Most maintained rural primary schools are faith schools, data shows
Posted: Tue, 18 Dec 2018
The National Secular Society has again said the government should monitor faith-based impositions on school choice after the revelation that 55% of maintained rural English primary schools are faith schools.
NSS analysis of a Department for Education (DfE) list, which was updated on Monday, has revealed that 1,930 of England's 3,541 local authority-run rural primary schools are faith schools.
Almost 1,800 of those schools were run exclusively by the Church of England, with a further 14 run by the C of E jointly with the Methodist Church or United Reformed Church.
Ninety-four were Catholic schools, 24 had a different Christian designation and two were Jewish.
Fifty-five per cent of schools on the government's list are voluntary aided (VA) or voluntary controlled (VC). Almost all VA and VC schools are faith schools. Some schools which do not have an officially designated religious character are also run according to a faith ethos.
Almost 1,200 of the 3,541 schools designated as rural were VC, while 757 were voluntary aided. One hundred and sixty-five (five per cent) were foundation schools, some of which were faith schools.
Scheduled school closures may also make the relative shortage of secular schools in rural areas more acute. Ninety-three of the schools on the list are proposed to close, a majority (52) of which have no religious character.
Local authorities are legally bound to consider the impact of designated rural primary school closures on local communities, including by considering what alternatives are available.
The NSS's report revealed that almost three in 10 families across England live in areas where most or all of the closest primary schools are faith schools. Families in rural areas were worst affected by the lack of secular education provision. Almost 8,000 families who missed out on their first choice of a non-faith primary school in September 2018 were assigned a faith school.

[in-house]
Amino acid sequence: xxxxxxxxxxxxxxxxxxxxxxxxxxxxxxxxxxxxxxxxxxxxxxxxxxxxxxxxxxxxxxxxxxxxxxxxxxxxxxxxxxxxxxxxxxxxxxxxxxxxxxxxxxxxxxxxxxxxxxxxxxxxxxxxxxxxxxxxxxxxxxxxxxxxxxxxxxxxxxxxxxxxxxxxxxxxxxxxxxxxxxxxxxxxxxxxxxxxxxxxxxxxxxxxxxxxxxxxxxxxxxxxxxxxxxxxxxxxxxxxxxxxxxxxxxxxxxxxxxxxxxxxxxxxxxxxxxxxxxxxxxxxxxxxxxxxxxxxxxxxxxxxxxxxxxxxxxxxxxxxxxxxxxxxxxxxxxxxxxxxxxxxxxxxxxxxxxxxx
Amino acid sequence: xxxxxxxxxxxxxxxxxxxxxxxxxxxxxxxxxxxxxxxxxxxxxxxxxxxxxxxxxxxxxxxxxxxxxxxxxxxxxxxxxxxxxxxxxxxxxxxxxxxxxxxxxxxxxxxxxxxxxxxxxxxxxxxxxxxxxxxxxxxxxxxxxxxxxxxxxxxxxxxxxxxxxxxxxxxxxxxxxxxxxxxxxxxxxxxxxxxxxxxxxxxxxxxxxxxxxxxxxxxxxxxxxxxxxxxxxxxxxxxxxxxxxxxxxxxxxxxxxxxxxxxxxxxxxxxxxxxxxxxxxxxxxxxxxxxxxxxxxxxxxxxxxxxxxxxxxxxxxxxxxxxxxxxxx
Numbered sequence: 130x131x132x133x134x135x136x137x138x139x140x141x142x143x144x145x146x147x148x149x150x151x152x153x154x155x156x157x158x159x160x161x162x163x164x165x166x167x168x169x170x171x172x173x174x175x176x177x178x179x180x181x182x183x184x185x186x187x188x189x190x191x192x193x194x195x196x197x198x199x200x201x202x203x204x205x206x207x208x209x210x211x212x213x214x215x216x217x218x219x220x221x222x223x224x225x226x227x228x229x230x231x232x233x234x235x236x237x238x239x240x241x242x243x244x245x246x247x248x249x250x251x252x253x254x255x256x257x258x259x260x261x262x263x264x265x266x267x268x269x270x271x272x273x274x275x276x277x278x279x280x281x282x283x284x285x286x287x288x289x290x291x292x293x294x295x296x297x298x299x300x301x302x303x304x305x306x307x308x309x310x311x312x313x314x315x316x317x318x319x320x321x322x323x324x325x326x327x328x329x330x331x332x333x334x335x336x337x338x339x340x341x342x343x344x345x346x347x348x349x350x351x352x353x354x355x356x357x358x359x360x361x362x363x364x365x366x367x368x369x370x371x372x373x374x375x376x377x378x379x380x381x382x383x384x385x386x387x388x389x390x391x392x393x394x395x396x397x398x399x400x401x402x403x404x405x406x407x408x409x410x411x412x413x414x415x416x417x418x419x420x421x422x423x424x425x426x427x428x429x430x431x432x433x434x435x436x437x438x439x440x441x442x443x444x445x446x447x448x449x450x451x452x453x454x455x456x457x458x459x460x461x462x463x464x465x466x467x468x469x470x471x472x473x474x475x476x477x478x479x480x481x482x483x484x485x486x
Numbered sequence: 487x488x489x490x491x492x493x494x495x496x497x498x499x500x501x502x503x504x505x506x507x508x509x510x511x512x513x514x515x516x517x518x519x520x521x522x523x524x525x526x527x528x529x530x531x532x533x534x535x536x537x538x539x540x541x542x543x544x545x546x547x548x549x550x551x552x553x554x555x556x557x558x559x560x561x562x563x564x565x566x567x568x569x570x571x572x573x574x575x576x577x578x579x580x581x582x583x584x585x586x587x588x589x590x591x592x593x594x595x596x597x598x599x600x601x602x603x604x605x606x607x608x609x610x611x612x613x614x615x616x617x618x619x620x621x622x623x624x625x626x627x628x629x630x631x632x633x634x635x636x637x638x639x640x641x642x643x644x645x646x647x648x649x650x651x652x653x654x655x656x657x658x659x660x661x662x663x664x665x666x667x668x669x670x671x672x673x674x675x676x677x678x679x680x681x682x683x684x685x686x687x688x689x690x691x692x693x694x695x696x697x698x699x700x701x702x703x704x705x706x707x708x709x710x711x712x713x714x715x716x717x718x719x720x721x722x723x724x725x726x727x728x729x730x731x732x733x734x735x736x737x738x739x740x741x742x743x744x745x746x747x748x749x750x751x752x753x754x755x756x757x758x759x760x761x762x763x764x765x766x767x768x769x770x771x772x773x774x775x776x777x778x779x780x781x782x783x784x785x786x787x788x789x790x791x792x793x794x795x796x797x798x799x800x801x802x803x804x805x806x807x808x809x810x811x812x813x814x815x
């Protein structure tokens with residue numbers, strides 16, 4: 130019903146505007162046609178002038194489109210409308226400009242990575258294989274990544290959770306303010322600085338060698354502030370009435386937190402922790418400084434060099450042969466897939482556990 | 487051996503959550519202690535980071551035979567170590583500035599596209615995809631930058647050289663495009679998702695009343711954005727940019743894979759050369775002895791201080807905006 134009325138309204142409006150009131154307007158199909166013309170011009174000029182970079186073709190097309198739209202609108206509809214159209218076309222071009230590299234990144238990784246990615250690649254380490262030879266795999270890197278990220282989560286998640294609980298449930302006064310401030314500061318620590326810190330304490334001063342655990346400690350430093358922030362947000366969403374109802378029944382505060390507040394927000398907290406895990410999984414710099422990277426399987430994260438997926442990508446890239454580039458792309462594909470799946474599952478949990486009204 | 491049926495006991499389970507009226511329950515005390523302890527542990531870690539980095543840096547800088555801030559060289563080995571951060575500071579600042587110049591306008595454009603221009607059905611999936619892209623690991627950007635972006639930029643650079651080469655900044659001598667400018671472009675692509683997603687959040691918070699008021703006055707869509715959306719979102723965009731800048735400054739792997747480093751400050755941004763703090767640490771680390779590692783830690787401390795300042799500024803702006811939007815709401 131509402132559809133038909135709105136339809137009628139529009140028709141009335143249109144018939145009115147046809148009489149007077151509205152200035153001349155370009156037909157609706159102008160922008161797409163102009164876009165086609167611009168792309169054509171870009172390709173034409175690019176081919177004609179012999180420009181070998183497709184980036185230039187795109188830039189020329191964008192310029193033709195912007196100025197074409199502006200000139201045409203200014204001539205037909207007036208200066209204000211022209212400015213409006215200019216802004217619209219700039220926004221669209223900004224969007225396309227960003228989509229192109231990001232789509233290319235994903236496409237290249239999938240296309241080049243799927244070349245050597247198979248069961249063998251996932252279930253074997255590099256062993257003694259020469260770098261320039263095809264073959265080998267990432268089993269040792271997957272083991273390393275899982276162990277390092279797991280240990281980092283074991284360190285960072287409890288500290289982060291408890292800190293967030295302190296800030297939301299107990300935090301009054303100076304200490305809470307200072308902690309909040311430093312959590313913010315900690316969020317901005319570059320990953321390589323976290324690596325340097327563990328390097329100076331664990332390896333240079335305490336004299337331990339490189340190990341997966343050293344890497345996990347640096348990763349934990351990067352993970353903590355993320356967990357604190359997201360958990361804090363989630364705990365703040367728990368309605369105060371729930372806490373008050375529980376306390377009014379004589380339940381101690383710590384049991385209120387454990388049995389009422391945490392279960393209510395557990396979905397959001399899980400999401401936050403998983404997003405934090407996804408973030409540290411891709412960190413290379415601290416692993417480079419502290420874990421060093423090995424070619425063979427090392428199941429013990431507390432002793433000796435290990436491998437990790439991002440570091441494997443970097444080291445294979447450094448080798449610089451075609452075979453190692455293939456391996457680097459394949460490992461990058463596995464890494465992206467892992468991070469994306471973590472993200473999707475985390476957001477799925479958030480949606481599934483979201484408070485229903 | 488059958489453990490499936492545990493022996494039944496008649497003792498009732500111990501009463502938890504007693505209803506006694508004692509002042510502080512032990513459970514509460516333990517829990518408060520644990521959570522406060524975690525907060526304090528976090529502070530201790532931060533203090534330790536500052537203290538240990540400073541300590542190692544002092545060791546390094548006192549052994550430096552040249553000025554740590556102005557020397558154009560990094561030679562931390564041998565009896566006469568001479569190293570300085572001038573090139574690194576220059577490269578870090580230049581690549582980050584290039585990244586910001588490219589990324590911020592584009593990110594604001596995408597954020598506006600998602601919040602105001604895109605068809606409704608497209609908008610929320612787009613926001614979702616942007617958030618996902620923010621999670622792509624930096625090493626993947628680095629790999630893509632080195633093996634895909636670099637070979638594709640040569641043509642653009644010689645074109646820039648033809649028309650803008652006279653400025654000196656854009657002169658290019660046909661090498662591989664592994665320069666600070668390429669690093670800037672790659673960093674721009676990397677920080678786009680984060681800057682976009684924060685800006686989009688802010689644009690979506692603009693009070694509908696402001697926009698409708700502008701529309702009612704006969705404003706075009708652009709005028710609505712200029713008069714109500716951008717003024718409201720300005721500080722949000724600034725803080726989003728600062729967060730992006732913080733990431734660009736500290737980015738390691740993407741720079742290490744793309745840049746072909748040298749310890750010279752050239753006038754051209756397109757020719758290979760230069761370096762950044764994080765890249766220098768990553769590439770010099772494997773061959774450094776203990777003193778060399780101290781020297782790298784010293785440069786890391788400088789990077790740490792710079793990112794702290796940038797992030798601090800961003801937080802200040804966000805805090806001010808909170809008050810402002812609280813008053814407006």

The NSS found that 53% of rural primary schools in England are faith-based. Its analysis included academies.
A common complaint among rural families was that the only school in the village was a faith school.
One parent told the NSS: "Too frequently you have to either send your child to a school miles away from your home, or send them to your local faith school and have them be educated about things you do not believe in."
Another said: "I work in a village VC school and have seen the pressure to evangelise to children rising. It's even worse in VA schools. I wouldn't want my child to attend a faith school but might have no choice if I lived in a village."
After publishing the report the NSS wrote to the DfE to urge it to monitor faith-based restrictions on school choice and suitability and ensure all parents have reasonable access to a non-faith based school.
NSS education and schools officer Alastair Lichten reiterated the call in light of the DfE's figures.
"Our analysis of these figures is a stark reminder that many rural families cannot reasonably access religiously-neutral education for their children.
"As a first step the government must ensure it takes reasonable steps to protect families' ability to send their children to secular schools. In the longer term the government should place a moratorium on the opening of new schools and then roll them back so all state-funded schools are free from religious control and discrimination."
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